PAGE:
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Bookshelf ID: NBK564378


Critically ill patients with underlying intraabdominal hypertension due to sepsis or injury are often managed with a damage control laparotomy (DCL), which involves the minimum intervention necessary to save the patient’s life. In order to save time, the abdomen may be left open to facilitate a second look to confirm the control of bleeding or sepsis before fascial closure. In the interim, some patients will develop bowel and abdominal wall edema with a high-volume resuscitation, especially if the crystalloid fluid is used primarily.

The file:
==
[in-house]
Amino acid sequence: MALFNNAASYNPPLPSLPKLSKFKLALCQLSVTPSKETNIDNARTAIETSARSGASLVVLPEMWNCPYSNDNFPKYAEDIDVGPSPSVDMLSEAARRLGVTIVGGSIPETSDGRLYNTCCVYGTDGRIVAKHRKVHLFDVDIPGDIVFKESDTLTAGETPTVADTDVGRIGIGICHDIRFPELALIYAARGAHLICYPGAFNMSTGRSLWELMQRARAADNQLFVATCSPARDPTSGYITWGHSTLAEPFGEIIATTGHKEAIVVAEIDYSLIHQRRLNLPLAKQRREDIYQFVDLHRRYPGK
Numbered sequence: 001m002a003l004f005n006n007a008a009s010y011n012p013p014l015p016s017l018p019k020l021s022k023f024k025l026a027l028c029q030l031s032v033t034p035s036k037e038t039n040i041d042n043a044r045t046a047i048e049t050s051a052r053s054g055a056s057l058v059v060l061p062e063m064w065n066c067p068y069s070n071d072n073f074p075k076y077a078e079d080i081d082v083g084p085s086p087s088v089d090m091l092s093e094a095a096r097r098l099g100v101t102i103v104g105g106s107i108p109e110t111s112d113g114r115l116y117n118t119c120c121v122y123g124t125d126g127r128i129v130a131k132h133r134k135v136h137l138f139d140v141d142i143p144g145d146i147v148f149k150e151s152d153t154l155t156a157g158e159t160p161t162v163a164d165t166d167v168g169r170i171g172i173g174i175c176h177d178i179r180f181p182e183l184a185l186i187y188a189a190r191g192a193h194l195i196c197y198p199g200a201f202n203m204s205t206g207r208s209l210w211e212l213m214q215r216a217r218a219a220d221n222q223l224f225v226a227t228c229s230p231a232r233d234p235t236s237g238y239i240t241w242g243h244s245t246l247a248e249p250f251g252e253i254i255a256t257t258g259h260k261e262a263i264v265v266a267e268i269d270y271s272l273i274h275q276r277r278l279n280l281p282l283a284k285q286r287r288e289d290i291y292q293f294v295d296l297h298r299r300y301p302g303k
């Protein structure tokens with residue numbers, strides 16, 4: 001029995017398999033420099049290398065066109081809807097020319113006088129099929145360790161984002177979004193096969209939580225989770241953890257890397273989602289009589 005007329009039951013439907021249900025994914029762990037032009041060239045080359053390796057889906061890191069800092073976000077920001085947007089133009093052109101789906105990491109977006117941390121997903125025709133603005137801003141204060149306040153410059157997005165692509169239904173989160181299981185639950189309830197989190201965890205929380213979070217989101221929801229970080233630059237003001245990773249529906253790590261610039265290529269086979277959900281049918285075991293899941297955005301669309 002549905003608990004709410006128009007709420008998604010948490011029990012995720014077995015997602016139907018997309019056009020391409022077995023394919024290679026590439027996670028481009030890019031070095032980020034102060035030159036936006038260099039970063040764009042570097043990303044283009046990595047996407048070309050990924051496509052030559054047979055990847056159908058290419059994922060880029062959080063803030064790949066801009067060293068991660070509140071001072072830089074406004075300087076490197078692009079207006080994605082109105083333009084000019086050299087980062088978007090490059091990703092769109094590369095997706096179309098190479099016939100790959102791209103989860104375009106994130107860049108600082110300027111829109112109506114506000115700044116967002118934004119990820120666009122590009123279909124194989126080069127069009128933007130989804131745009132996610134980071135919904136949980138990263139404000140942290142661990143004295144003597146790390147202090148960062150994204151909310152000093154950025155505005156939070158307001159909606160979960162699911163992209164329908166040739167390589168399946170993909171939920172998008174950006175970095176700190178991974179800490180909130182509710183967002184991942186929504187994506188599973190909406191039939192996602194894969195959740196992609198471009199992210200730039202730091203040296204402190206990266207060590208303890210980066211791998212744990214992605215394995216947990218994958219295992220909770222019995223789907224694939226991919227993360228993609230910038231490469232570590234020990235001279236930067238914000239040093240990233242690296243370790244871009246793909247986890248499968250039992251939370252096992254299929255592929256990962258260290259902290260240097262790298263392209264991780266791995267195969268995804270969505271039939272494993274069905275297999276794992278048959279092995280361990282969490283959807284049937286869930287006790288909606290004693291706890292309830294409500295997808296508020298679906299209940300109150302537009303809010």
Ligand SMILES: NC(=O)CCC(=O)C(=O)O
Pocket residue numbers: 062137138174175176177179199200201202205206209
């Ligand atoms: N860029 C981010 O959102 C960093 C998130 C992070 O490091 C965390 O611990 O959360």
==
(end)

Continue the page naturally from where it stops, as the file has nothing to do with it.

The many causes and management of intraabdominal hypertension as well as the indications for a damage control laparotomy are discussed in other topics. Here we focus on the temporary techniques that are used to hold the abdomen together, ways to facilitate eventual fascial closure, and the complications of these techniques. Other topics will describe the eventual reconstruction of the abdominal wall when the fascia cannot be closed.

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Last updated: Jan. 2021

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